Factors Driving the US Toward a Class System
There is an interesting shift in society Charles Murray documented of how there is less class churn (shirtsleeves to shirtsleeves in three generations).
The reasons are:
- assortive mating
- marriage eroding in the lower classes.
- growing correlation between education and income
When you married the girl next door at 20, you didn't know if he'd be an executive, plumber or burn out. When you both marry in college, you're both typically middle class, and you don't get the college educated guy marrying the girl who only finishes high school. This is partially why there is more income stratification between classes - two Ivy league lawyers marry each other, or rarely, he marries a college educated secretary, but it almost unheard of for the college educated girl to marry the high school grad or vice versa.
Compounding the issue is the expectation that a man marry someone with similar educational levels, something made much easier by there being more women in college than men. The rags to riches romances from Cinderella to the millionaires who married maids have been rendered obsolete fairy tales, not a ticket to the middle or upper classes for poor girls.
This results in greater disparities in income between the classes. Two college grads earn more than two high school graduates, on average, and the lack of marriages between the two groups compound the income gap between the two groups - as well as foster cultural differences because the two groups don't mix as family. Then their children are more likely to marry within the same class, creating a cultural divide and reinforced class system.
Erosion of Marriage
One of the biggest determinants of poor life outcomes is coming from an unmarried home. 3x the odds of failing to finish high school, become an alcoholic or addict, have an unwed pregnancy, commit suicide, be held back a grade, be mentally ill. This is true whether the mother is college educated or a high school dropout - without a committed father, the odds of everything bad are three times as high. And mom and dad living together outside of marriage are not a valid substitute for marriage, because 75% of married couples stay together until the kid is 18, while fewer than 10% of unmarried couples do. For more information on this, read Shaunti Feldhahn's research.
Marriage provides stability, and without it and Dad invested in kids, life outcomes for the children are worse. Same sex marriage stats from the Regnerus study back this up – two same sex parents did better than a single mother raising a child, as long as the child was the same sex as the parents. When the child was the opposite gender, the child's life outcomes were actually worse than when raised by a single mother.
While marriage rates for college educated are back to 1980s levels with at least three quarters getting married by 40 and fewer than 10% of births illegitimate ... for the lower class (those without a college degree), fewer than half ever marry and most births are illegitimate. Thus, by giving up marriage, they nearly guarantee their children will be in poverty. This creates inter-generational poverty, and the social divide creates a lower class culture that traps those born there because they lack the social skill and education to escape.
The Reliance on College Degrees for Middle Class Job Prospects
Why is there a mantra that your kid has to go to college, must go to college, gotta go to college? Because we've come to believe that a child must have a college degree, any degree, to get a good job. This has occurred at the same time there has been a devaluation of what Mike Rowe calls "dirty jobs", the hard work by skilled labor. Many people go $40,000 to go into debt for an ethnic studies or other liberal arts degree with no economic value simply to pass what can be considered a simple IQ and work ethic test. Are they smart enough to get into college and have enough perseverance to finish? Good enough to get a job, even positions that don't require a college degree.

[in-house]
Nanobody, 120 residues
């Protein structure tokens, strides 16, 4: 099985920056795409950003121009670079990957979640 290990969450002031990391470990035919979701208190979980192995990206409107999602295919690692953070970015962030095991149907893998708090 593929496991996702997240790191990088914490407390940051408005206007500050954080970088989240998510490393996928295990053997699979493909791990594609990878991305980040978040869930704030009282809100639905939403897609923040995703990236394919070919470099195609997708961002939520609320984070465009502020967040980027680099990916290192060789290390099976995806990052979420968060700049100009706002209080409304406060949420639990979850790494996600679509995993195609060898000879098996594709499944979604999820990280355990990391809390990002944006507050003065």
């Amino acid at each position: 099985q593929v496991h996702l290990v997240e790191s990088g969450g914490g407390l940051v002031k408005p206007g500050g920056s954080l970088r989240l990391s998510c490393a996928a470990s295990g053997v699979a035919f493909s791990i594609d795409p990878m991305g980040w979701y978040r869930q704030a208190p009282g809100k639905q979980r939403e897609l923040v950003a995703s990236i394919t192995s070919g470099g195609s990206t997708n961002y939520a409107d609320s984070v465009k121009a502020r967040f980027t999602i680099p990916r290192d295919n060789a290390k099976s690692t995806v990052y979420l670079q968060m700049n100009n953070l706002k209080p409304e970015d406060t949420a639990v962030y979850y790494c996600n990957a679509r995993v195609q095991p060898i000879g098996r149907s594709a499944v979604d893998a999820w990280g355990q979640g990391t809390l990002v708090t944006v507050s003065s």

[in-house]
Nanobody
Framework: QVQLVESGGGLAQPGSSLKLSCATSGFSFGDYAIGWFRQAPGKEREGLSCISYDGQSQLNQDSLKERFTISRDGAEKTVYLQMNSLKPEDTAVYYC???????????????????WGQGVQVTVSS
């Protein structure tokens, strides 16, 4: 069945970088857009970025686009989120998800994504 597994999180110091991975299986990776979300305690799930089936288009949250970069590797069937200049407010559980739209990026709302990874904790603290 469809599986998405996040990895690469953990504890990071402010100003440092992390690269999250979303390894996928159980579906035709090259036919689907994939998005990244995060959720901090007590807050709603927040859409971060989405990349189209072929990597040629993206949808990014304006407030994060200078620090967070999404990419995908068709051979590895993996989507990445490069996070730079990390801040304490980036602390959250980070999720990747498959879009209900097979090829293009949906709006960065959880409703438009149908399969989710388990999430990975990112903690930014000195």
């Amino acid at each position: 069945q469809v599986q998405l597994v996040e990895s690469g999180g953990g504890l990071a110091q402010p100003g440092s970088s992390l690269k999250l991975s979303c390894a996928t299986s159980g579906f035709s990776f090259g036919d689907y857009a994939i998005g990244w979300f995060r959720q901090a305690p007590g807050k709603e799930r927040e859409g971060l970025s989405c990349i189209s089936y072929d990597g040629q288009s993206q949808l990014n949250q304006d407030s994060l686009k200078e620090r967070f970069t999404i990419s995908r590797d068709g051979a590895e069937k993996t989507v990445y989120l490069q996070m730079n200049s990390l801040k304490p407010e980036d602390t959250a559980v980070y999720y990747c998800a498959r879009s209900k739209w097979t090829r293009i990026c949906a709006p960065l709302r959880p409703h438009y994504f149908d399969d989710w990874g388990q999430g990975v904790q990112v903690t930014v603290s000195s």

And there is a bias toward the credentials regardless of their relevance. Good enough to get a job, even positions that don't require a college degree. You see this bias in Human Resources where they hire the person with a degree but no experience over the person with twenty years of experience but no credentials.
To compound the problem, the abundance of college graduates without marketable skills like nursing, programming, engineering and teaching causes them to crowd those with only a high school diploma out of secretarial work, sales positions and other jobs that would give those individuals a decent income. This denies those without the diploma access to better paying jobs that would give them access to the middle class.
The over-valuation of college – and corresponding devaluation of skilled labor - results in employers not paying more for the skilled labor. When the CNC machine programmer is seen as no better than the assembler earning minimum wage, paying him a dollar an hour more means he can't get to the middle class.
By shifting mate selection to "meet someone in college" and essentially preventing marriages that crossed class lines, you get far less mixing and more stratification.
By essentially eliminating marriage in the lower class, you nearly guarantee poverty for their children.
By overvaluing college and devaluing skilled labor, those who have a high school degree and vocational training are shut out of the jobs paying middle class wages that blue collar workers used to use to raise their kids up to the middle and upper classes.
And that is why the US is moving toward a class system based on education, reinforced by family structure and credential-itis.
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